About Me

Elizabeth Skoski is a freelance writer primarily covering motherhood, parenting, and gender. She lives in New York with her husband and two daughters. 

Recent Work

The AAP's New Breastfeeding Guidelines Are Completely Tone-Deaf

Last week, as many parents of young children were celebrating that COVID-19 vaccines finally were available for children under 5, the American Academy of Pediatrics released an updated policy statement about breastfeeding. In addition to the previous recommendation that babies are exclusively breastfed for six months after birth, it ups the ante: "Furthermore, the AAP supports continued breastfeeding, along with appropriate complementary foods introduced at about 6 months, as long as mutually de

The Perpetual Rage of Motherhood

Back in 2008, Betty Draper, Mad Men’s long-suffering wife and everyone’s favorite “unlikeable mother,” stormed up the stairs after her husband, hollering, “I’m here all day, alone with them. Outnumbered.” (Them meaning their two kids, of course.) The line didn’t hit me then, but over a decade later, trapped at home with a toddler and an infant while COVID-19 raged into yet another wave, her words came flooding back to me. That word, outnumbered, was so much more precise than the other platitudes

Perspective | There aren’t enough resources for formula-feeding parents. Here’s why that needs to change.

“All the classes I had taken were preparing me for breastfeeding. I couldn’t find practical information about formula, like how often I should be feeding or are there better ways to hold your baby when you’re feeding a bottle,” she said. “I also couldn’t find any emotional support because all the Mommy and Me classes I went to, I was the only one pulling out a bottle.”

It was this lack of resources, advice or even easily accessible places to turn to for help, that turned Barston into a formula-

HBO’s Horror Series The Baby Feels Like Postpartum Cinéma Vérité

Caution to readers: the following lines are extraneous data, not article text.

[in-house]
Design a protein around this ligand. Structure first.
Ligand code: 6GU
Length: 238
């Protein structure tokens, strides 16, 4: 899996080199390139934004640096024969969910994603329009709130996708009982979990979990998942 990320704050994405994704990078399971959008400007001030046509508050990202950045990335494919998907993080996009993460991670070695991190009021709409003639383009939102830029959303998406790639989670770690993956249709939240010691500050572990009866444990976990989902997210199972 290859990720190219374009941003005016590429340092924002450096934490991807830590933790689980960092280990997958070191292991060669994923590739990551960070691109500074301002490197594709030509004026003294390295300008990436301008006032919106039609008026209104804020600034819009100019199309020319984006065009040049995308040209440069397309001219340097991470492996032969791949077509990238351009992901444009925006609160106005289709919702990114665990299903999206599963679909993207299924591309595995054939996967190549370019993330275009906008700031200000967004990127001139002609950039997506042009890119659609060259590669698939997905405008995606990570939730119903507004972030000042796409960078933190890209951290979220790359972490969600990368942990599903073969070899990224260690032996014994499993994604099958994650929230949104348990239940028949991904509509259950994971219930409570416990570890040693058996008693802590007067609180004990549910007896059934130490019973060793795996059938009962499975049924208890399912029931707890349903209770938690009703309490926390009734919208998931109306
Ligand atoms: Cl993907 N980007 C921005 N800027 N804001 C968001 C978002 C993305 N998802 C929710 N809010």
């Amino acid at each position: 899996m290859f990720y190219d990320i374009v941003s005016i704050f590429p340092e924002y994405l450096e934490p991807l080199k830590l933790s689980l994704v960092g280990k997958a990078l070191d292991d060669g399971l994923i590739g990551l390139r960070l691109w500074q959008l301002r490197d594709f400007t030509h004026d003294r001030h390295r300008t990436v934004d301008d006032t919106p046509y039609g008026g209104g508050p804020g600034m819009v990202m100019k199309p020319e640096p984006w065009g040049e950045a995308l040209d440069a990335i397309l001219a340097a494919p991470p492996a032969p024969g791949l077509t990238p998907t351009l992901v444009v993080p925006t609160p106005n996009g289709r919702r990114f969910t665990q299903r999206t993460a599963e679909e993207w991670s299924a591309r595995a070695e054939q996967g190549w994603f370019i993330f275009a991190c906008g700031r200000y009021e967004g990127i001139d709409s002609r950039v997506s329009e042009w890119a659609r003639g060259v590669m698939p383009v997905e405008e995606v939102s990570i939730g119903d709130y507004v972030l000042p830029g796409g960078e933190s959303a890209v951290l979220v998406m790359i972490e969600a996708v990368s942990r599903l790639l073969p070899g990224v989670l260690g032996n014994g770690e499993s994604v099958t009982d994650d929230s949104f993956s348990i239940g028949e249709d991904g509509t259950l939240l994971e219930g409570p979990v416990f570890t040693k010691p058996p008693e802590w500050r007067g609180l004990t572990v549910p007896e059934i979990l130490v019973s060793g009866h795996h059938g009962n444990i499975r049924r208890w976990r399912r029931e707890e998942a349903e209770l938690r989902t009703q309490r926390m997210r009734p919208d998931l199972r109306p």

I’m laying, unmoving, in the dark. Any sliver of light that might enter the room is stopped by thick blackout curtains. There are scratches on my upper arms from where sharp nails raked across the skin just a bit earlier.

Staying still as possible, I count the seconds until I dare try to move. To 500. To 1,000. It’s been almost an hour since I finished reading her bedtime stories. Almost two since I bounced, swayed, and walked her baby sister into a deep enough sleep that she could be put down

At 'The School For Good Mothers' The Call Is Coming From Inside The House

Recently, I found myself in a parenting dilemma. After my morning “workout” of wrestling my wet-noodle-limbed toddler into the required sweatshirt, sweatpants, snow pants, coat, hat, mittens, and mask, we headed out to meet her cousins for sledding. On the way, I stopped for gas. From the backseat, my toddler declared she absolutely had to have a snack.

I froze with indecision. Leave her in the car for the five minutes it would take to run in and grab a bag of pretzels? Or extend the task by br

Where Maid Misses the Mark

The Netflix hit Maid, which after only a few weeks has already vaulted into the service’s all-time Top 10, seems to have come exactly when it’s needed. Inspired by Stephanie Land’s memoir, Maid: Hard Work, Low Pay, and a Mother’s Will to Survive, the 10-episode series is striking a chord so often left unstruck, a deeply moving exploration of domestic and emotional abuse, generational trauma, and the infuriating catch-22s of government systems built for failure. Its raw, unflinching depictions co

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